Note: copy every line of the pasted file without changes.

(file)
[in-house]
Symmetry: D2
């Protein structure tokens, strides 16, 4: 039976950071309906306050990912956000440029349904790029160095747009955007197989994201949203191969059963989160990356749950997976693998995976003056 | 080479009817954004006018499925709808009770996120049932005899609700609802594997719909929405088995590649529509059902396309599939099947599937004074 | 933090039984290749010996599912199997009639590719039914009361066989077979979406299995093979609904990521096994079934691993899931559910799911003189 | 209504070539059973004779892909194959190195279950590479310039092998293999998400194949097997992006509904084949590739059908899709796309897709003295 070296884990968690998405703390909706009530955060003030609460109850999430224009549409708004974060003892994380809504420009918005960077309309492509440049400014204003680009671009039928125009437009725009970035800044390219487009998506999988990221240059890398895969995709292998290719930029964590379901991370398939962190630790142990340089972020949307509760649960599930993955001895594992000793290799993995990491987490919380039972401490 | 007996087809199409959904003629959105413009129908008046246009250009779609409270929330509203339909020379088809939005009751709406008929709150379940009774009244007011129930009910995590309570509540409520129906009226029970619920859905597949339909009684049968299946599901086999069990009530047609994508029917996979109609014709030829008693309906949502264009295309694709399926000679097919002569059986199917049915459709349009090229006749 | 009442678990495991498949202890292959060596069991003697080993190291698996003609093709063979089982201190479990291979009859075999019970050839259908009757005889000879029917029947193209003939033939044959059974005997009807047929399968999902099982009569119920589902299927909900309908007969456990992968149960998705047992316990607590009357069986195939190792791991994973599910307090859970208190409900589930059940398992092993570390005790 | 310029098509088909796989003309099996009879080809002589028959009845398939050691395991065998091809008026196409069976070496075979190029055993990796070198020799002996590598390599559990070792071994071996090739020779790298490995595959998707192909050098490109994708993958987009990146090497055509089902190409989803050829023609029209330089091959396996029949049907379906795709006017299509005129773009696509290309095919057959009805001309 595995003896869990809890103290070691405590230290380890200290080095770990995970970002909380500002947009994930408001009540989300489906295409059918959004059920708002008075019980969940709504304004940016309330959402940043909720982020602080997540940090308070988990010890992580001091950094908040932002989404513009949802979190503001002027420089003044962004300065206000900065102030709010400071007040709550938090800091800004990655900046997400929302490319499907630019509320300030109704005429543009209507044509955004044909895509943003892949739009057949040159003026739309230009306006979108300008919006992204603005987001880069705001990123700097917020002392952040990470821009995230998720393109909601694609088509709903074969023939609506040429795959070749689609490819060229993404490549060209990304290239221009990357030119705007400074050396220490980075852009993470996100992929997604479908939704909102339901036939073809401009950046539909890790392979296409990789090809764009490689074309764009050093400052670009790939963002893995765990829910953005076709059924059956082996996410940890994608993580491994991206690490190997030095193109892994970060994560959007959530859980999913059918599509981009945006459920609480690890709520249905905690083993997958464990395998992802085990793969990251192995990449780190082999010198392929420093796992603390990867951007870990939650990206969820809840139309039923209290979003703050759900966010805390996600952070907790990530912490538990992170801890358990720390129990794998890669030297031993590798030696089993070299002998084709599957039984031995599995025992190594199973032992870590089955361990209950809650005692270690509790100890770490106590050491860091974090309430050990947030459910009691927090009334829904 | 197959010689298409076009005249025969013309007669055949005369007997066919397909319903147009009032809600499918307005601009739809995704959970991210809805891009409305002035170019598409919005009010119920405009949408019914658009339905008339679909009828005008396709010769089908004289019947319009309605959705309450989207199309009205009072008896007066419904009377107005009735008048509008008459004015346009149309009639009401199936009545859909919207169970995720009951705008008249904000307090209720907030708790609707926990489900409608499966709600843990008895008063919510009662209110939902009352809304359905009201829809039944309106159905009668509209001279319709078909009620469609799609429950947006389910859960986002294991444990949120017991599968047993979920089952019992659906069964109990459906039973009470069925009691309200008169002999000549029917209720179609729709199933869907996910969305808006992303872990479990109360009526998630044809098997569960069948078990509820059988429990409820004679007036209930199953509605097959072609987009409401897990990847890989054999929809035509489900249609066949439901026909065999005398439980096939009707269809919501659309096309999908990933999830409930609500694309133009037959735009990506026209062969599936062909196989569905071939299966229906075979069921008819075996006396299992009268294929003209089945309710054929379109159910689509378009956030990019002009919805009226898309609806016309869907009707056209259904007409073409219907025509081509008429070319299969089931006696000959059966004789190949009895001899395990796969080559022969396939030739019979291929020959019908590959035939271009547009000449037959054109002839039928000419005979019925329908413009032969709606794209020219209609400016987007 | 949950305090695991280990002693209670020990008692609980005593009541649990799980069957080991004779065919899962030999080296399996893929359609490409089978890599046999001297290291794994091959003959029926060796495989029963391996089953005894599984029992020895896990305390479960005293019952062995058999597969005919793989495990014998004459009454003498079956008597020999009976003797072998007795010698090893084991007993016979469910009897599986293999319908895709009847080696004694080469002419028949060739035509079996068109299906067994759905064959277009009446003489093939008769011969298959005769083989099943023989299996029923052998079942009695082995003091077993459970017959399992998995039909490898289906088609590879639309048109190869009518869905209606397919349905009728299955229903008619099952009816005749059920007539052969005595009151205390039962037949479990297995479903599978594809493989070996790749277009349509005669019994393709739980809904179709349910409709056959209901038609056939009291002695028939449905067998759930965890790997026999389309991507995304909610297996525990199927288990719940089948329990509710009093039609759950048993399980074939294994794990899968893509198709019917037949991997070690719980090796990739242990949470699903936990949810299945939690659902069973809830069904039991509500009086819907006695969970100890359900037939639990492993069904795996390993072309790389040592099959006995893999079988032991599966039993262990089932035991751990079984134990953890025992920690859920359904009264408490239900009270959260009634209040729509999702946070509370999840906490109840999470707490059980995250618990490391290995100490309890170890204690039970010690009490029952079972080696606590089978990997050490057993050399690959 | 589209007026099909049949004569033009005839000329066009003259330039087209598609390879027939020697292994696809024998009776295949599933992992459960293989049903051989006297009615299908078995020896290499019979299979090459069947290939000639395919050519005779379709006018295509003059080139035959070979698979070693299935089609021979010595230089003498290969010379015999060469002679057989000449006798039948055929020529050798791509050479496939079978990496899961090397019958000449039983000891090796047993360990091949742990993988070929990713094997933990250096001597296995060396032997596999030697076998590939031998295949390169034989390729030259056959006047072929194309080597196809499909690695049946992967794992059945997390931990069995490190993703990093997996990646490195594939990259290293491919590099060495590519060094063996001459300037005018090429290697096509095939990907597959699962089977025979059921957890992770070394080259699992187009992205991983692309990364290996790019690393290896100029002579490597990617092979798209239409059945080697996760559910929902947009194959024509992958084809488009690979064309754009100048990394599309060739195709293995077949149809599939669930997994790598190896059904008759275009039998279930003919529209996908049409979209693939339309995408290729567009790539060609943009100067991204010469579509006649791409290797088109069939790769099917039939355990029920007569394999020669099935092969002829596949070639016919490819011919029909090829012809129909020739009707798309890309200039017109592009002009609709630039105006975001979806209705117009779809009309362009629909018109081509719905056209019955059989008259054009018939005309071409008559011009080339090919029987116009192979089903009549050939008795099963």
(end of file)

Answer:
[in-house]
Symmetry: D2
């Protein structure tokens, strides 16, 4: 039976950071309906306050990912956000440029349904790029160095747009955007197989994201949203191969059963989160990356749950997976693998995976003056 | 080479009817954004006018499925709808009770996120049932005899609700609802594997719909929405088995590649529509059902396309599939099947599937004074 | 933090039984290749010996599912199997009639590719039914009361066989077979979406299995093979609904990521096994079934691993899931559910799911003189 | 209504070539059973004779892909194959190195279950590479310039092998293999998400194949097997992006509904084949590739059908899709796309897709003295 070296884990968690998405703390909706009530955060003030609460109850999430224009549409708004974060003892994380809504420009918005960077309309492509440049400014204003680009671009039928125009437009725009970035800044390219487009998506999988990221240059890398895969995709292998290719930029964590379901991370398939962190630790142990340089972020949307509760649960599930993955001895594992000793290799993995990491987490919380039972401490 | 007996087809199409959904003629959105413009129908008046246009250009779609409270929330509203339909020379088809939005009751709406008929709150379940009774009244007011129930009910995590309570509540409520129906009226029970619920859905597949339909009684049968299946599901086999069990009530047609994508029917996979109609014709030829008693309906949502264009295309694709399926000679097919002569059986199917049915459709349009090229006749 | 009442678990495991498949202890292959060596069991003697080993190291698996003609093709063979089982201190479990291979009859075999019970050839259908009757005889000879029917029947193209003939033939044959059974005997009807047929399968999902099982009569119920589902299927909900309908007969456990992968149960998705047992316990607590009357069986195939190792791991994973599910307090859970208190409900589930059940398992092993570390005790 | 310029098509088909796989003309099996009879080809002589028959009845398939050691395991065998091809008026196409069976070496075979190029055993990796070198020799002996590598390599559990070792071994071996090739020779790298490995595959998707192909050098490109994708993958987009990146090497055509089902190409989803050829023609029209330089091959396996029949049907379906795709006017299509005129773009696509290309095919057959009805001309 595995003896869990809890103290070691405590230290380890200290080095770990995970970002909380500002947009994930408001009540989300489906295409059918959004059920708002008075019980969940709504304004940016309330959402940043909720982020602080997540940090308070988990010890992580001091950094908040932002989404513009949802979190503001002027420089003044962004300065206000900065102030709010400071007040709550938090800091800004990655900046997400929302490319499907630019509320300030109704005429543009209507044509955004044909895509943003892949739009057949040159003026739309230009306006979108300008919006992204603005987001880069705001990123700097917020002392952040990470821009995230998720393109909601694609088509709903074969023939609506040429795959070749689609490819060229993404490549060209990304290239221009990357030119705007400074050396220490980075852009993470996100992929997604479908939704909102339901036939073809401009950046539909890790392979296409990789090809764009490689074309764009050093400052670009790939963002893995765990829910953005076709059924059956082996996410940890994608993580491994991206690490190997030095193109892994970060994560959007959530859980999913059918599509981009945006459920609480690890709520249905905690083993997958464990395998992802085990793969990251192995990449780190082999010198392929420093796992603390990867951007870990939650990206969820809840139309039923209290979003703050759900966010805390996600952070907790990530912490538990992170801890358990720390129990794998890669030297031993590798030696089993070299002998084709599957039984031995599995025992190594199973032992870590089955361990209950809650005692270690509790100890770490106590050491860091974090309430050990947030459910009691927090009334829904 | 197959010689298409076009005249025969013309007669055949005369007997066919397909319903147009009032809600499918307005601009739809995704959970991210809805891009409305002035170019598409919005009010119920405009949408019914658009339905008339679909009828005008396709010769089908004289019947319009309605959705309450989207199309009205009072008896007066419904009377107005009735008048509008008459004015346009149309009639009401199936009545859909919207169970995720009951705008008249904000307090209720907030708790609707926990489900409608499966709600843990008895008063919510009662209110939902009352809304359905009201829809039944309106159905009668509209001279319709078909009620469609799609429950947006389910859960986002294991444990949120017991599968047993979920089952019992659906069964109990459906039973009470069925009691309200008169002999000549029917209720179609729709199933869907996910969305808006992303872990479990109360009526998630044809098997569960069948078990509820059988429990409820004679007036209930199953509605097959072609987009409401897990990847890989054999929809035509489900249609066949439901026909065999005398439980096939009707269809919501659309096309999908990933999830409930609500694309133009037959735009990506026209062969599936062909196989569905071939299966229906075979069921008819075996006396299992009268294929003209089945309710054929379109159910689509378009956030990019002009919805009226898309609806016309869907009707056209259904007409073409219907025509081509008429070319299969089931006696000959059966004789190949009895001899395990796969080559022969396939030739019979291929020959019908590959035939271009547009000449037959054109002839039928000419005979019925329908413009032969709606794209020219209609400016987007 | 949950305090695991280990002693209670020990008692609980005593009541649990799980069957080991004779065919899962030999080296399996893929359609490409089978890599046999001297290291794994091959003959029926060796495989029963391996089953005894599984029992020895896990305390479960005293019952062995058999597969005919793989495990014998004459009454003498079956008597020999009976003797072998007795010698090893084991007993016979469910009897599986293999319908895709009847080696004694080469002419028949060739035509079996068109299906067994759905064959277009009446003489093939008769011969298959005769083989099943023989299996029923052998079942009695082995003091077993459970017959399992998995039909490898289906088609590879639309048109190869009518869905209606397919349905009728299955229903008619099952009816005749059920007539052969005595009151205390039962037949479990297995479903599978594809493989070996790749277009349509005669019994393709739980809904179709349910409709056959209901038609056939009291002695028939449905067998759930965890790997026999389309991507995304909610297996525990199927288990719940089948329990509710009093039609759950048993399980074939294994794990899968893509198709019917037949991997070690719980090796990739242990949470699903936990949810299945939690659902069973809830069904039991509500009086819907006695969970100890359900037939639990492993069904795996390993072309790389040592099959006995893999079988032991599966039993262990089932035991751990079984134990953890025992920690859920359904009264408490239900009270959260009634209040729509999702946070509370999840906490109840999470707490059980995250618990490391290995100490309890170890204690039970010690009490029952079972080696606590089978990997050490057993050399690959 | 589209007026099909049949004569033009005839000329066009003259330039087209598609390879027939020697292994696809024998009776295949599933992992459960293989049903051989006297009615299908078995020896290499019979299979090459069947290939000639395919050519005779379709006018295509003059080139035959070979698979070693299935089609021979010595230089003498290969010379015999060469002679057989000449006798039948055929020529050798791509050479496939079978990496899961090397019958000449039983000891090796047993360990091949742990993988070929990713094997933990250096001597296995060396032997596999030697076998590939031998295949390169034989390729030259056959006047072929194309080597196809499909690695049946992967794992059945997390931990069995490190993703990093997996990646490195594939990259290293491919590099060495590519060094063996001459300037005018090429290697096509095939990907597959699962089977025979059921957890992770070394080259699992187009992205991983692309990364290996790019690393290896100029002579490597990617092979798209239409059945080697996760559910929902947009194959024509992958084809488009690979064309754009100048990394599309060739195709293995077949149809599939669930997994790598190896059904008759275009039998279930003919529209996908049409979209693939339309995408290729567009790539060609943009100067991204010469579509006649791409290797088109069939790769099917039939355990029920007569394999020669099935092969002829596949070639016919490819011919029909090829012809129909020739009707798309890309200039017109592009002009609709630039105006975001979806209705117009779809009309362009629909018109081509719905056209019955059989008259054009018939005309071409008559011009080339090919029987116009192979089903009549050939008795099963």